An award-winning poet’s memoir of growing up in Miami as the gay son of Cuban immigrants.
Revolution changed Cuba forever. Yet Blanco’s (For All of Us, One Today: An Inaugural Poet's Journey, 2013, etc.) family seemed determined to hang on to whatever they could of the lives they knew before Fidel Castro’s takeover. Once the family settled in Miami, his parents went to work at an uncle’s bodega and ate only Cuban food. Meanwhile, Blanco dreamed of becoming like his gringo school friends who ate “Pop-Tarts, Ritz Crackers and Cool Whip.” He tried to introduce his family to American customs like Thanksgiving, only to see those traditions transformed into something with a distinctly Cuban twist. At the same time, Blanco was still fascinated by the country his family had left behind. Not only did they re-create it through the food they sold and ate, but also through the garden that his grandfather planted with the loquat, papaya and avocado trees that reminded them of their “lost [Cuban] paradise.” Born in Madrid just before his family left Spain for the United States, the author soon realized that he existed in a world that was neither completely Cuban nor American: He was “a little from everywhere.” The homosexual desires that surfaced during adolescence and which he kept hidden from his family only added to his feelings of separateness. As a cure for his love of “unmanly” things like his paint-by-number sets and his cousin’s Easy-Bake Oven, Blanco’s homophobic grandmother sent him to work at the bodega. In this space of working-class machismo, Blanco came into contact with a closeted Cuban homosexual who told him about the forbidden affair he had with another man before fleeing to the U.S. Their friendship started the author on the journey toward accepting not only his own gayness, but also the “ghosts of Cuba” that haunted him.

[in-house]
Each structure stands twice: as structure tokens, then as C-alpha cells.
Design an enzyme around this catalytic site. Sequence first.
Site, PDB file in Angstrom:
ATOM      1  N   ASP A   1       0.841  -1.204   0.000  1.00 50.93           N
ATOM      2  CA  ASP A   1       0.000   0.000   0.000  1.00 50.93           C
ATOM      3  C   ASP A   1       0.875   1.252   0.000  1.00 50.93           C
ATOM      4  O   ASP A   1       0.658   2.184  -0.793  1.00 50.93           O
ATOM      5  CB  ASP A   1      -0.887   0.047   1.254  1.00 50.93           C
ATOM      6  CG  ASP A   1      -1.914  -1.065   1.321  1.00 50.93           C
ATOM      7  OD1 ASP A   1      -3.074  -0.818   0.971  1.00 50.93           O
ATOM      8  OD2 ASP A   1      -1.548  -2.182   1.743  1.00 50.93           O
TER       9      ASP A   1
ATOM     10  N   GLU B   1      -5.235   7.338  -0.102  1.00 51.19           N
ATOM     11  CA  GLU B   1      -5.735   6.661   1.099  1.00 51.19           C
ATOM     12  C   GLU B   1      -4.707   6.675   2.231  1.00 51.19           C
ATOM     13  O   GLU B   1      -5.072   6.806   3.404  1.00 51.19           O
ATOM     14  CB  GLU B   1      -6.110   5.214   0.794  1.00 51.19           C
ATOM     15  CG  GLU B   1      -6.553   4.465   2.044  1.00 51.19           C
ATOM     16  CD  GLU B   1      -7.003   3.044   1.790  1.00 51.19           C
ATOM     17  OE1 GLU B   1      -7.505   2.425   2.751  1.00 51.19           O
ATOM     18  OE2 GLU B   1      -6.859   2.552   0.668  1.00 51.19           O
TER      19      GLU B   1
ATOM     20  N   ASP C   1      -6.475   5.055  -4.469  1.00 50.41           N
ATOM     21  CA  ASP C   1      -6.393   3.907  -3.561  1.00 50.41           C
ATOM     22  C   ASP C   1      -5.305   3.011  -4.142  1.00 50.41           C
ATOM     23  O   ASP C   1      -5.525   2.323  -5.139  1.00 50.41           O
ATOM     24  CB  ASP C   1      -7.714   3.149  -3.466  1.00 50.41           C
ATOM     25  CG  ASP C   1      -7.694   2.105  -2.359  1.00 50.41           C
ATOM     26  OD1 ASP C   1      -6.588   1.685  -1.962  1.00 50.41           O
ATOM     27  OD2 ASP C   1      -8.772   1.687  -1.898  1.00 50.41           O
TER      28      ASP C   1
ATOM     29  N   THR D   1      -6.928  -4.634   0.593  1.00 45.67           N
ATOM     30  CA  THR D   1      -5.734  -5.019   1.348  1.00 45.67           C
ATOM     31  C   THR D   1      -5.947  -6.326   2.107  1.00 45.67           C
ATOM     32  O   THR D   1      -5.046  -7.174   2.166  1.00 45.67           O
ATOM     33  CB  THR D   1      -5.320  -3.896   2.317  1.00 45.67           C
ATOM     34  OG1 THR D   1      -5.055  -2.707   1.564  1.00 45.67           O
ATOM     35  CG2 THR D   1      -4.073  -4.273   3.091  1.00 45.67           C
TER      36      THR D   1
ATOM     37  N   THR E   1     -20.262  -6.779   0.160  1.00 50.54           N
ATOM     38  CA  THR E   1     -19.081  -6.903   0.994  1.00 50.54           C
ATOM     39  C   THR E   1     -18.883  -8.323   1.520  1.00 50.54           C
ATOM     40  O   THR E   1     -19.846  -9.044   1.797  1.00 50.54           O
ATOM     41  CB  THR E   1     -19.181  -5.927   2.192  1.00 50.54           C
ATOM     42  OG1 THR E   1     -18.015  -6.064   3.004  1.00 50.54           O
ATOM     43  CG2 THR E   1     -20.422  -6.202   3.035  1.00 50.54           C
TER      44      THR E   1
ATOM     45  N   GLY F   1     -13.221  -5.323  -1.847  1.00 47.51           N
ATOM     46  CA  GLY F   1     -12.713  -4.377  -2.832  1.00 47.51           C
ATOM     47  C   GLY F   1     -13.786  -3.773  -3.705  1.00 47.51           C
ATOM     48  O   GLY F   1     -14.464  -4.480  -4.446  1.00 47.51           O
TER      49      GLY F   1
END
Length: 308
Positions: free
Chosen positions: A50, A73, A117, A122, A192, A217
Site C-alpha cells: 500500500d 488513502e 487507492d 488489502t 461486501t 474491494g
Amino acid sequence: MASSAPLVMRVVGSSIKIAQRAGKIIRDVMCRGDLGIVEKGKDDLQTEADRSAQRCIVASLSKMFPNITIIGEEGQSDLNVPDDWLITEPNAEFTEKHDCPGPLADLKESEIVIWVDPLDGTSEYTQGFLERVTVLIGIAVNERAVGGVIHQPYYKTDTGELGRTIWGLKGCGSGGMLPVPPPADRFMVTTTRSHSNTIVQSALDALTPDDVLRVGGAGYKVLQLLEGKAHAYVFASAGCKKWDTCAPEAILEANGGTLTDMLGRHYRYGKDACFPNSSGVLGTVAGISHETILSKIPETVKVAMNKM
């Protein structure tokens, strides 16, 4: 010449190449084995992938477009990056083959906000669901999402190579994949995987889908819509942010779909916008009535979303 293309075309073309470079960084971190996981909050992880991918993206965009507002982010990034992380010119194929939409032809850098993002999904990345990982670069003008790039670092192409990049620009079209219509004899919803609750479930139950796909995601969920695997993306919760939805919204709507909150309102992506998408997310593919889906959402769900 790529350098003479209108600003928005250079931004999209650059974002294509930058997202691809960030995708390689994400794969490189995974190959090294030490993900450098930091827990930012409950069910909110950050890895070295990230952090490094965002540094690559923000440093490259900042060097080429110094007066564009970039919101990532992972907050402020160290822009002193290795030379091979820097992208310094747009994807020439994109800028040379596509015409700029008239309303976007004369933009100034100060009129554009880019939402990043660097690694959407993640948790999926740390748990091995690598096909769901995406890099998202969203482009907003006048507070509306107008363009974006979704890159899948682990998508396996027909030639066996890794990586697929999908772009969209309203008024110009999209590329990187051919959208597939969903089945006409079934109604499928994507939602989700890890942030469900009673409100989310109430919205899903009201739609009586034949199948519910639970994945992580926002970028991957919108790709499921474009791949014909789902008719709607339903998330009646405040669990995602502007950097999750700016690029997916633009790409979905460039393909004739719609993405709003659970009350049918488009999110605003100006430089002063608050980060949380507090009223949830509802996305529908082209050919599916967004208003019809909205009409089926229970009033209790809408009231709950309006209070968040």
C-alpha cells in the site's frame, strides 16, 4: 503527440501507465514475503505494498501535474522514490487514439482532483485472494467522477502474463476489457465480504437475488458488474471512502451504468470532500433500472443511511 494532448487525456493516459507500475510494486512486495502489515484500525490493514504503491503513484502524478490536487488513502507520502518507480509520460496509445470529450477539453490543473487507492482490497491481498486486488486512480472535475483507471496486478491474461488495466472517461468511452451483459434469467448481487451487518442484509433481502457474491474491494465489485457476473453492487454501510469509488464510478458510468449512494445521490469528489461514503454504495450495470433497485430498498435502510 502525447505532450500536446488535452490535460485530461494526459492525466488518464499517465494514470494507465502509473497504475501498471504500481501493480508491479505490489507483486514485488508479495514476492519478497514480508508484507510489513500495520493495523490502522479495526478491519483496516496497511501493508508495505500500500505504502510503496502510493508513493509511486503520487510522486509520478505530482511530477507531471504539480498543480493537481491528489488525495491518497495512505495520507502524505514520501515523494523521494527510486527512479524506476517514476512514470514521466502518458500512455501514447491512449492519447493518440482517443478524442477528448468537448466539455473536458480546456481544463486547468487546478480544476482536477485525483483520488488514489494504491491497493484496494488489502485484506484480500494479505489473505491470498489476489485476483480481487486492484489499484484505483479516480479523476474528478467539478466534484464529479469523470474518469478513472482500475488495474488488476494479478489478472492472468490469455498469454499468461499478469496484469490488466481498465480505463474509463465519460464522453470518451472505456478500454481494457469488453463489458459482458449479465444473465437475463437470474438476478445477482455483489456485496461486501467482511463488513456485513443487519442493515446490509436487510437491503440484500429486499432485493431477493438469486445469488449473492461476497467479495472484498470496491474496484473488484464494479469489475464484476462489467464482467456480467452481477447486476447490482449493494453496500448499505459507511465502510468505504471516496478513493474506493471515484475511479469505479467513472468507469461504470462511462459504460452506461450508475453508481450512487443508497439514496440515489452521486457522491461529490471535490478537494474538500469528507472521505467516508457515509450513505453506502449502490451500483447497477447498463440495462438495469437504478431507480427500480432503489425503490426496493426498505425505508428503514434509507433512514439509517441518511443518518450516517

A warm, emotionally intimate memoir.